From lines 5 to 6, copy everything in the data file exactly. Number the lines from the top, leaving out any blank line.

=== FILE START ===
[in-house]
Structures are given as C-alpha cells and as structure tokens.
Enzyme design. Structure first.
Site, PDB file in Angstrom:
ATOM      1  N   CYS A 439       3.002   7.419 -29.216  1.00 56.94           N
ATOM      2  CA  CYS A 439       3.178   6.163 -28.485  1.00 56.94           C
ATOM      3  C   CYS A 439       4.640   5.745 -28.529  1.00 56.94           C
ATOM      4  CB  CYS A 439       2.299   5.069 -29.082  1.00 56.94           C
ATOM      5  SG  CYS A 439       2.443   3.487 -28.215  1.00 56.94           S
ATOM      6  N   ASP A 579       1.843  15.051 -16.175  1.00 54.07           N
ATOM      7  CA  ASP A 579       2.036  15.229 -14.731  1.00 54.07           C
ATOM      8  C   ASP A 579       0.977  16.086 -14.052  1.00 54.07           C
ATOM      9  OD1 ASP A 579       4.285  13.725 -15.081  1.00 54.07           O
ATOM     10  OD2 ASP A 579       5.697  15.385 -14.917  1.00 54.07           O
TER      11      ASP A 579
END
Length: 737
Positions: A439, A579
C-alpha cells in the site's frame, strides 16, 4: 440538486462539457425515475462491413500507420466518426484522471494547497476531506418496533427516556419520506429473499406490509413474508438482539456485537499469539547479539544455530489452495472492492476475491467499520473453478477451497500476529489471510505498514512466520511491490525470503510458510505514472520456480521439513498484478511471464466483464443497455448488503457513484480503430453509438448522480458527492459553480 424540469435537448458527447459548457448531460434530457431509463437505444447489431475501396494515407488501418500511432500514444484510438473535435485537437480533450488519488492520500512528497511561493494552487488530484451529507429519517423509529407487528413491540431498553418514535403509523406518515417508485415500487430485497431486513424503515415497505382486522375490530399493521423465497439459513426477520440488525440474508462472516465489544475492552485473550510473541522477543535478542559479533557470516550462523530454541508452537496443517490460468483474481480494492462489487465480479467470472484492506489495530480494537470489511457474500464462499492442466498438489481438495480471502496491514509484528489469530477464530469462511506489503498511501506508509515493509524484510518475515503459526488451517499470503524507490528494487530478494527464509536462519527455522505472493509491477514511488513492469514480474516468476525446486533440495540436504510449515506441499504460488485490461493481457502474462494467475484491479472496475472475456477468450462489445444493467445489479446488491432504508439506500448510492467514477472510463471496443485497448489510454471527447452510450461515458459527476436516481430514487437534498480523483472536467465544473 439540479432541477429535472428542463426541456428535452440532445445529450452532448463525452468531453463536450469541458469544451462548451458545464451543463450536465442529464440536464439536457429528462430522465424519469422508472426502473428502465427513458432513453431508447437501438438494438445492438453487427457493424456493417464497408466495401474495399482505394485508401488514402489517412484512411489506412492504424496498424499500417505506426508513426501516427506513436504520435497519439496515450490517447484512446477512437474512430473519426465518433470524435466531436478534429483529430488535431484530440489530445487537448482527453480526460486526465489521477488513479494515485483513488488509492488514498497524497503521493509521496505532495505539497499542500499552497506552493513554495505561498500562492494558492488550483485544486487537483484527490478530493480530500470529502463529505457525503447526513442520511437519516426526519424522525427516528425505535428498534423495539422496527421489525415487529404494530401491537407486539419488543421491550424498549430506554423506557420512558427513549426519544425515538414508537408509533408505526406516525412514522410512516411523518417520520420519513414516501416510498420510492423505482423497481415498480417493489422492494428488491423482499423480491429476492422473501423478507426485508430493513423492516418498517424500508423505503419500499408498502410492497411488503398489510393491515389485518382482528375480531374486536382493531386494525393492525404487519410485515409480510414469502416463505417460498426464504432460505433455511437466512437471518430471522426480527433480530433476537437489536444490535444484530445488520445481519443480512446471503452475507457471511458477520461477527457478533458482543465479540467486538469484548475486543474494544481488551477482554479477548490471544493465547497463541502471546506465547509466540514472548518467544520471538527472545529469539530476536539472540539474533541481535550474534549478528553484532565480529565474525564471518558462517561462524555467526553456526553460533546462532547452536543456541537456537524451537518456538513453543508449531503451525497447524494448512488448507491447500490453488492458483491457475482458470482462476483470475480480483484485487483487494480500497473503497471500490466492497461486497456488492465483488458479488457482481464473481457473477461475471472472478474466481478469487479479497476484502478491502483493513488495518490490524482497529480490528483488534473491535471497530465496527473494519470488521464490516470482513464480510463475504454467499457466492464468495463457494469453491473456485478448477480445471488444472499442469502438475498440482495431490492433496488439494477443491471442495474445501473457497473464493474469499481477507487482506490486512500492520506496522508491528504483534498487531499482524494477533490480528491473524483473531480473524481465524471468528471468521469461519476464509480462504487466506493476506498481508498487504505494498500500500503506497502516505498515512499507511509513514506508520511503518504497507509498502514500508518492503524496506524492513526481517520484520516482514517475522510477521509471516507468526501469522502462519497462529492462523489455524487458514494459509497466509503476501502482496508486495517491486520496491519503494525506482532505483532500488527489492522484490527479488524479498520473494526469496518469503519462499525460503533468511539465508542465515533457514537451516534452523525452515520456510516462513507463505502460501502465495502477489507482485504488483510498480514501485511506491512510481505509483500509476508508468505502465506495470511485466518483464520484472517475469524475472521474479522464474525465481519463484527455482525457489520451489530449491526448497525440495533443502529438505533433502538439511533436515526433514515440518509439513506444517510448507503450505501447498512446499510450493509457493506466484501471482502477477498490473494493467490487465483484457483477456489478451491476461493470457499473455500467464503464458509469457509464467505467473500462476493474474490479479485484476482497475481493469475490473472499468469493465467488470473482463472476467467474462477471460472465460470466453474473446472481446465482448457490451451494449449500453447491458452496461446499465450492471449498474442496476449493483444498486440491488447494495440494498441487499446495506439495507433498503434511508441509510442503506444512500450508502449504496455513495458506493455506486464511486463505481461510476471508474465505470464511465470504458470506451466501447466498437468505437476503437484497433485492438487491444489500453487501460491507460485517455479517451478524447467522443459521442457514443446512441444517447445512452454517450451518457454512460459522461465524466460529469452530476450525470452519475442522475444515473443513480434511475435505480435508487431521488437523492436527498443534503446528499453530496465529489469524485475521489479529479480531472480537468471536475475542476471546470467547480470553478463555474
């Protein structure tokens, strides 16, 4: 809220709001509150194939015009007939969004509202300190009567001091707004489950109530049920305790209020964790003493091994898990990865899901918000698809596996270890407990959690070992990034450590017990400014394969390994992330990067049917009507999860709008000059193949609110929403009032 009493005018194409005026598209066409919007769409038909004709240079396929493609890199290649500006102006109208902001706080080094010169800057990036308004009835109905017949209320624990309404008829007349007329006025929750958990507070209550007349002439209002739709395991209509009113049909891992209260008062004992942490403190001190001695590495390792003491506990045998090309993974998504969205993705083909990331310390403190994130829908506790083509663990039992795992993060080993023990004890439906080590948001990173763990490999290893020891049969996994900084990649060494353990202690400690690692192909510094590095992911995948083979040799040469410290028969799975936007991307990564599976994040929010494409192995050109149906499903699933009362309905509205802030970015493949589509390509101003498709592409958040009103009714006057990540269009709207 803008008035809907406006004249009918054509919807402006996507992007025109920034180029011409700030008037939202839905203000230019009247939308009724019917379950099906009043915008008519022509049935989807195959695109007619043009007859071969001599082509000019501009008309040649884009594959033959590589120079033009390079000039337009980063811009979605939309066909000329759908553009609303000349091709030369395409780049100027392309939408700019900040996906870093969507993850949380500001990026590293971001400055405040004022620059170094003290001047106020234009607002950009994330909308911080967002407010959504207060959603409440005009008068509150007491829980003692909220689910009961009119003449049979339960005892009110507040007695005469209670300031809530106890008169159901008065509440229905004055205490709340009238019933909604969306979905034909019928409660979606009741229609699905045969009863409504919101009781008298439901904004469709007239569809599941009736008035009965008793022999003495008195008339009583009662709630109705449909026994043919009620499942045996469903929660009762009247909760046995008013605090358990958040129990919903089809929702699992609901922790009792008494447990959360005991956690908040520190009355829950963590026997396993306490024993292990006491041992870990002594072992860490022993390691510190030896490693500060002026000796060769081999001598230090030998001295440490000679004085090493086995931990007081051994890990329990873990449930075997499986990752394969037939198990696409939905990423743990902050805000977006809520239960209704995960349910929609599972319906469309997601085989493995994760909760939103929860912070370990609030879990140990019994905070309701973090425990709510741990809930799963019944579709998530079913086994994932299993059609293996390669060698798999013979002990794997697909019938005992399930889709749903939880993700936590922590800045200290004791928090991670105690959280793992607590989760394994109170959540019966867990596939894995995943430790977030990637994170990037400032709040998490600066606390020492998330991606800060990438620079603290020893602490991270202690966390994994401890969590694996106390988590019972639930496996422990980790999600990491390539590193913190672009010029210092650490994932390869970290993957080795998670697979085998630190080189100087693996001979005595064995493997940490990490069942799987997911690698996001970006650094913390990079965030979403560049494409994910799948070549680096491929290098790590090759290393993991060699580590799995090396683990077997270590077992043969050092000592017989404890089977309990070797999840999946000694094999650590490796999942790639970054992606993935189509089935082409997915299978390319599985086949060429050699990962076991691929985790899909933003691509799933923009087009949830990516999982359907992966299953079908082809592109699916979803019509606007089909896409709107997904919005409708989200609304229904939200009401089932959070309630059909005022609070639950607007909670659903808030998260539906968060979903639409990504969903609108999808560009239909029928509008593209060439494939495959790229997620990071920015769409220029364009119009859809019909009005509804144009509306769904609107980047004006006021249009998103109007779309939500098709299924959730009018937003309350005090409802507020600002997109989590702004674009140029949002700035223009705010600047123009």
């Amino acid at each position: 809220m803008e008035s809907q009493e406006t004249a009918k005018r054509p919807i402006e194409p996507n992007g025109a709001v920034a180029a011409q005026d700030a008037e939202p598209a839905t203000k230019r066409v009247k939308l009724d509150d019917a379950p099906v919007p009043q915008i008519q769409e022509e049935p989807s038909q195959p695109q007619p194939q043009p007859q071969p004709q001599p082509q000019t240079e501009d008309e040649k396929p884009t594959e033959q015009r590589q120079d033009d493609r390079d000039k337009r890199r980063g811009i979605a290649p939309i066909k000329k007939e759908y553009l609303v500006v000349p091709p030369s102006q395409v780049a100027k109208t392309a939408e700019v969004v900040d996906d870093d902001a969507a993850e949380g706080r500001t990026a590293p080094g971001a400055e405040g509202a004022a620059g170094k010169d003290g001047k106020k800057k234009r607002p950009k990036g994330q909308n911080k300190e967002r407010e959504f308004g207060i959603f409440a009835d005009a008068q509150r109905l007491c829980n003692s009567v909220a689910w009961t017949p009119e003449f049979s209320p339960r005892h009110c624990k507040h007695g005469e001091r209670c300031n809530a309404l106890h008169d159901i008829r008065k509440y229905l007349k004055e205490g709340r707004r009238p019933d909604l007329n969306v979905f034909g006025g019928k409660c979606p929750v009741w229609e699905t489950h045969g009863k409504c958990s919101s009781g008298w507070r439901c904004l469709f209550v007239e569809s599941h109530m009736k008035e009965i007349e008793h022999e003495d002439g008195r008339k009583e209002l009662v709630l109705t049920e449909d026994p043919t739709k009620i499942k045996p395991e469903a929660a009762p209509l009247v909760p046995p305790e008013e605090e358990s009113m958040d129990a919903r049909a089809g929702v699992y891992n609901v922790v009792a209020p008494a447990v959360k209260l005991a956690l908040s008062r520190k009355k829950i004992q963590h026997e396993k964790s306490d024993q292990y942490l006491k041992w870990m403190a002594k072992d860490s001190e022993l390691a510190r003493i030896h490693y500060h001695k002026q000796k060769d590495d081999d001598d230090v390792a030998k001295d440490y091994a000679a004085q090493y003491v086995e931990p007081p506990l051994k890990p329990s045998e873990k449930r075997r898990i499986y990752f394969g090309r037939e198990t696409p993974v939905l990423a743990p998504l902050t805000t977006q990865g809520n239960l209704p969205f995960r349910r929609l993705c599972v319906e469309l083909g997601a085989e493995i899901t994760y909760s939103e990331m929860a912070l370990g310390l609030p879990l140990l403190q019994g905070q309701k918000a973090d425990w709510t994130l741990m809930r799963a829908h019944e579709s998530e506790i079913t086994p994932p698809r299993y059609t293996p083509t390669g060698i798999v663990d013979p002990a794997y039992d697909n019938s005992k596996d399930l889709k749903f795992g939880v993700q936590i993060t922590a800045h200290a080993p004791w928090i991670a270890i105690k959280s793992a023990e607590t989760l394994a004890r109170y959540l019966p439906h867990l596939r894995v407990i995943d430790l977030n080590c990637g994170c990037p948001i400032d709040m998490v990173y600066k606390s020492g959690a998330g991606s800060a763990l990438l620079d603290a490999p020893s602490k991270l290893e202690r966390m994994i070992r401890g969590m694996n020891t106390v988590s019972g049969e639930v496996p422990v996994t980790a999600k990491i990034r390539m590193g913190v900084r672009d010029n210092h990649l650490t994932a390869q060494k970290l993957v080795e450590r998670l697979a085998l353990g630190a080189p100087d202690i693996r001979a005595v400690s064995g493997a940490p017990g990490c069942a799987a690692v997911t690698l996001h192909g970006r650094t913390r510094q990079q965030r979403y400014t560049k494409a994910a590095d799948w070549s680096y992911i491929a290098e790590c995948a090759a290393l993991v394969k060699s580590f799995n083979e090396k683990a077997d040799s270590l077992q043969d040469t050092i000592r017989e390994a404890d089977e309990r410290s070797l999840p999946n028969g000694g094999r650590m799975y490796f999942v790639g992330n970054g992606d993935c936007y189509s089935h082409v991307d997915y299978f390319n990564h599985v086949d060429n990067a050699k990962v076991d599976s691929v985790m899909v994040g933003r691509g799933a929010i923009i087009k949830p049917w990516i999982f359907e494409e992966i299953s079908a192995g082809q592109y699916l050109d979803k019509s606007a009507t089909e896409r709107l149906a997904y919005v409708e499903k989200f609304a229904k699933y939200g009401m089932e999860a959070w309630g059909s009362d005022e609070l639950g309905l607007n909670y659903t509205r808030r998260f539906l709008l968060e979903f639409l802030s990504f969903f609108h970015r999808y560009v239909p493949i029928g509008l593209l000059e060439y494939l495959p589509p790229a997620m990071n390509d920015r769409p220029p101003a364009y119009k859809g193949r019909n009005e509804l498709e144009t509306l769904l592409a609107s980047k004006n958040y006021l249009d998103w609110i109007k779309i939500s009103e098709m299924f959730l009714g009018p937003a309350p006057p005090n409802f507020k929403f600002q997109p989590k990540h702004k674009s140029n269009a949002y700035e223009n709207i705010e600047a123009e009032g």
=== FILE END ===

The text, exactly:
ATOM      1  N   CYS A 439       3.002   7.419 -29.216  1.00 56.94           N
ATOM      2  CA  CYS A 439       3.178   6.163 -28.485  1.00 56.94           C